Help Desk FAQ

Collections

 

What can I do if I’m being harassed by a collection agency?

The Fair Debt Collection Practices Act (FDCPA), a federal law, protects consumers nationwide from harassment by debt collectors. However, the law applies only to third-party collection agencies and those agencies collecting debts on behalf of original credit grantors, not to the original creditors when they are collecting debts owed to them.

Under the FDCPA, collectors cannot:

  • Contact you at inconvenient times or places. 
  • Call you and not identify themselves as bill collectors.
  • Contact you if you have requested in writing that they stop, except to tell you that collection efforts will end or that specific legal action will be taken against you. (Asking them to stop calling does not make the debt go away or prohibit the collector from taking legal action against you.)
  • Contact you if they know you are being represented by an attorney, unless you give them permission to contact you, or your attorney is unreachable or unresponsive.
  • Contact you between the time you request verification of the debt or information about the original creditor (within 30 days of receiving the written validation notice) and when the verification or information is mailed to you.
  • Continue to collect on a debt that hasn’t been verified (if you request verification).
  • Contact third parties regarding your debt other than your spouse, attorney or co-debtors, or your parents if you’re a minor.
  • Contact third parties to locate you after they know you have an attorney. They also can’t tell third parties (such as neighbors and coworkers) who they work for (collection agency name) unless asked directly, reveal that you owe a debt, or contact a third party more than once unless they have a valid reason to do so (such as believing that previously provided information was incorrect and that the third party has correct information).
  • Try to collect inflated amounts resulting from fees and interest not authorized in the original credit agreement or allowed by law.
  • Use abusive language or profanity.
  • Do things to harass or publicly embarrass you, such as call you repeatedly or send you a postcard or letter that indicates to anyone who sees it that a debt is being collected from you.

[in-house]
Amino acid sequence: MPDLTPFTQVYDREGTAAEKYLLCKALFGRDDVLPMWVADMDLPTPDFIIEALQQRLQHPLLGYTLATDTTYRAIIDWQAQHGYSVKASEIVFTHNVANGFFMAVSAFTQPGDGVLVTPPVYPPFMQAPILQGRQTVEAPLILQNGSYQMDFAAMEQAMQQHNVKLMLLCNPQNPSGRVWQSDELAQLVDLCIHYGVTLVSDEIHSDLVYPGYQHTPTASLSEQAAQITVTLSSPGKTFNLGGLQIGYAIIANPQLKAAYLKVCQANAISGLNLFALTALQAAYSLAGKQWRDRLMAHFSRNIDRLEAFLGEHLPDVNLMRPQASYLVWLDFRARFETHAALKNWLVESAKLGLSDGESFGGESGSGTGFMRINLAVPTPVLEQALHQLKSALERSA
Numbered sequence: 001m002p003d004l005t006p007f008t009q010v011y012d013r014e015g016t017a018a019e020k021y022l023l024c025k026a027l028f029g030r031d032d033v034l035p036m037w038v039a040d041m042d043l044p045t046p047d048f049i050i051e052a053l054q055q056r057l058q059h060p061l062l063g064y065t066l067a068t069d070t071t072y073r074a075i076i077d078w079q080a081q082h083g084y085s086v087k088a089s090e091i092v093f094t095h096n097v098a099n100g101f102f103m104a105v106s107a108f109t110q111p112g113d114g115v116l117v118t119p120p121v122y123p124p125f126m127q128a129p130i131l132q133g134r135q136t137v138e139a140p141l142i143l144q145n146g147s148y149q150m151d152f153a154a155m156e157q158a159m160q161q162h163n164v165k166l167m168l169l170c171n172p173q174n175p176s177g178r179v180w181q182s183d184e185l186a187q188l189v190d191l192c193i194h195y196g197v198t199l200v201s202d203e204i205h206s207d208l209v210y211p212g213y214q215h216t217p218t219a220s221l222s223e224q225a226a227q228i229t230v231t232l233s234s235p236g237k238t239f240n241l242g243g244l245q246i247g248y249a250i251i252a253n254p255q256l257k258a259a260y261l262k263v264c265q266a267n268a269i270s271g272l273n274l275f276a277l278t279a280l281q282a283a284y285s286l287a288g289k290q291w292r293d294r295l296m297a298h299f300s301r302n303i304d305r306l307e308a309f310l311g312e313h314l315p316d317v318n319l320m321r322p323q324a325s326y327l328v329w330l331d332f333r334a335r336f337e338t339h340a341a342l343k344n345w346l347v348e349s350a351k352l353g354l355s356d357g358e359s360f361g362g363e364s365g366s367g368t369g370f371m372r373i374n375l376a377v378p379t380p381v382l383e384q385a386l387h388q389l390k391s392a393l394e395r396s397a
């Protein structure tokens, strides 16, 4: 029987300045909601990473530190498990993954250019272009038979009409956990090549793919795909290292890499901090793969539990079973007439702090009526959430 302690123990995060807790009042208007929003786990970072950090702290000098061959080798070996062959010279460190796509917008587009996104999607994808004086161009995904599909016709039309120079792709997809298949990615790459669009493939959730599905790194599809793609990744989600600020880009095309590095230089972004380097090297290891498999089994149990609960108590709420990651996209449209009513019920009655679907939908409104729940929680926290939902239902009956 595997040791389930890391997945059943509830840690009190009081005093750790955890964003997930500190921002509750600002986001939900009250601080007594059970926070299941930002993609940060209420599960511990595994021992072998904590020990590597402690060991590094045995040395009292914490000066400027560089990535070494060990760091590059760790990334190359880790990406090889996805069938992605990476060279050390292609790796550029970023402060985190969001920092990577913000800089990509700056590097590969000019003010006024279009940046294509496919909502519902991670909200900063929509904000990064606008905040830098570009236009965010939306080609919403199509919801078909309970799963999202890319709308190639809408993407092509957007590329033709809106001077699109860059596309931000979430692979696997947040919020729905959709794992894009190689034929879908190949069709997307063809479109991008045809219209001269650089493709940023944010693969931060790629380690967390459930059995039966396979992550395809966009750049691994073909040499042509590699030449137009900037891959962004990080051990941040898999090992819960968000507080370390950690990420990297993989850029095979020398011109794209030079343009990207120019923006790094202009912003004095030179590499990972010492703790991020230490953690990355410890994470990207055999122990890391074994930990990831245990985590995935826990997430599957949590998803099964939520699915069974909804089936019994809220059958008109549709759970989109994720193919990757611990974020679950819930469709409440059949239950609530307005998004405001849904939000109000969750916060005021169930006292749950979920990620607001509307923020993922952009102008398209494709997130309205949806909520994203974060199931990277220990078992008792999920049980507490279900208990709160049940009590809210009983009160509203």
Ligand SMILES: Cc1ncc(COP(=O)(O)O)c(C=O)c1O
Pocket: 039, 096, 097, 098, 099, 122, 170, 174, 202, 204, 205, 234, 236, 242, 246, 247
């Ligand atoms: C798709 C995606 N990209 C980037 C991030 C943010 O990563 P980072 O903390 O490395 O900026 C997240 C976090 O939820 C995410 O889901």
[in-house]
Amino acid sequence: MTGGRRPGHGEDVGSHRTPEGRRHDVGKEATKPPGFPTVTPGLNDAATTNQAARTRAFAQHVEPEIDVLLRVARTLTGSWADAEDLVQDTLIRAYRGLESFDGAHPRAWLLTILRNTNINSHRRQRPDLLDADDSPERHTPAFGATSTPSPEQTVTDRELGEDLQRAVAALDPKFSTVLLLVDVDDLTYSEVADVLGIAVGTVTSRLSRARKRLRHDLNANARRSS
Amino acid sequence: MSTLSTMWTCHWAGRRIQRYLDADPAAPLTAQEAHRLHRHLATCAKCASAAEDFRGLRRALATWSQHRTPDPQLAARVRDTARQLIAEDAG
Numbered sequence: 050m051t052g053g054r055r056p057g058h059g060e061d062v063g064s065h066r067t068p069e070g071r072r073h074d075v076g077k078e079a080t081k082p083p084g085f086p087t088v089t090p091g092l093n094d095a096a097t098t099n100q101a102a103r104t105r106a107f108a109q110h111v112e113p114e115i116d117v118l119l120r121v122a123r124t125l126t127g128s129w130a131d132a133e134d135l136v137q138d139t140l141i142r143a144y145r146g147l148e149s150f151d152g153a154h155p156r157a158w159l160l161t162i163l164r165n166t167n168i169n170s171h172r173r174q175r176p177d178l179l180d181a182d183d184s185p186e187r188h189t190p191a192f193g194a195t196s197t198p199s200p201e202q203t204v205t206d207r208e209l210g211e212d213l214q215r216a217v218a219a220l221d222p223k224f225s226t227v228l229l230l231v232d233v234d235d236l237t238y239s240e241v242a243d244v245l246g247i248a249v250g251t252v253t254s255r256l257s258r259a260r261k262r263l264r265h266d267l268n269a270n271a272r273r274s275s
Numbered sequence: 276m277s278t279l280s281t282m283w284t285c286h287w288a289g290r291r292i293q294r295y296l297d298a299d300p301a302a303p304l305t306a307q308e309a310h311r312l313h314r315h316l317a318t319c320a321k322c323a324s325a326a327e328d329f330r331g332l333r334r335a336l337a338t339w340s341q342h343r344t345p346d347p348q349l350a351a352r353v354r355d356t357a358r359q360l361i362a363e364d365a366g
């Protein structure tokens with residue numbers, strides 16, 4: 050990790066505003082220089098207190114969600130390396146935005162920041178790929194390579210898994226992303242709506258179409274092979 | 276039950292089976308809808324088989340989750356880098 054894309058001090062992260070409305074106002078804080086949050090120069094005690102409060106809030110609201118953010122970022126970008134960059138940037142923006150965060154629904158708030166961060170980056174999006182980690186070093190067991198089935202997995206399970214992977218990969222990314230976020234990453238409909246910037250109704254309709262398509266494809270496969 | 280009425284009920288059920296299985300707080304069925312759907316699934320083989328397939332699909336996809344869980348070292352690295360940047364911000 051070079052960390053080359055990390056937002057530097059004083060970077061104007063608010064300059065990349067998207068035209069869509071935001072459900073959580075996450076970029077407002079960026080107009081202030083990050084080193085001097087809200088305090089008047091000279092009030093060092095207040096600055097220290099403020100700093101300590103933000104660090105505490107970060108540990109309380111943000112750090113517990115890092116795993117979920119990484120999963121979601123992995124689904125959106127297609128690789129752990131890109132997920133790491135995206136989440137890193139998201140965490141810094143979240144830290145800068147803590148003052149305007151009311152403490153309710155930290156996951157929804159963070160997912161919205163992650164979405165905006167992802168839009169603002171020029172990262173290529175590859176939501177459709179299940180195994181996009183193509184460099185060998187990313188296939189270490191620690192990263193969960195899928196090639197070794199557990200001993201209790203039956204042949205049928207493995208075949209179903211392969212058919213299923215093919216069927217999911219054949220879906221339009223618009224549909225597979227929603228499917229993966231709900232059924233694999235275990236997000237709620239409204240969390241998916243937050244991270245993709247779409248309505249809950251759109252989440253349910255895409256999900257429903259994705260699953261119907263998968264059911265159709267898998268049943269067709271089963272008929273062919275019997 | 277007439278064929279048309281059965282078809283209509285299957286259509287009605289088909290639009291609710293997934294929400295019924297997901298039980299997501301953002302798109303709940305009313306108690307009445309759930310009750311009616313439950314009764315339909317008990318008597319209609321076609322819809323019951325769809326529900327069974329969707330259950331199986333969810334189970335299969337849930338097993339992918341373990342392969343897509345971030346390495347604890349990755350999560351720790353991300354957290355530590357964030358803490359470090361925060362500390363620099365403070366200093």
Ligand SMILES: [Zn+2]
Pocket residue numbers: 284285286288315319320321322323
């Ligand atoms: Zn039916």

• Threaten you with violence, property damage, arrest, jail, harm to your reputation, etc.
  • Lie to or mislead you—for example, by impersonating an attorney or law enforcement officer or threatening arrest, a lawsuit, garnishment, etc. if the action would be illegal or they don’t intend to follow through. If you ask for the statute of limitations on the debt—and you should—and you get an answer, it must be the truth.
  • Report inaccurate information to the credit bureaus, including failing to report that you dispute a debt.

Be aware that telling a debt collector to stop calling you does not stop the collector from listing the debt on your credit report or suing you. Learn more about your rights under the FDCPA in Consumer Action's "The Fair Debt Collection Practices Act: How it restricts collectors and protects consumers." 

States may have their own laws that offer consumers even greater protections. For example, the California Fair Debt Collection Practices Act applies to original creditors, too.

There are penalties for collectors who violate the FDCPA and state laws. If you believe your rights have been violated, you can file a complaint with the Federal Trade Commission (FTC) and the Consumer Financial Protection Bureau (CFPB), the U.S. government’s two consumer protection agencies. The FTC enforces the FDCPA, while the CFPB regulates the collection industry.

CFPB: 855-411-CFPB (2372) / CFPB complaint webpage

FTC: 877-FTC-HELP / FTC Complaint Assistant

Contact your state attorney general's office to find out if the collector has violated state law. Find your state AG online.

 

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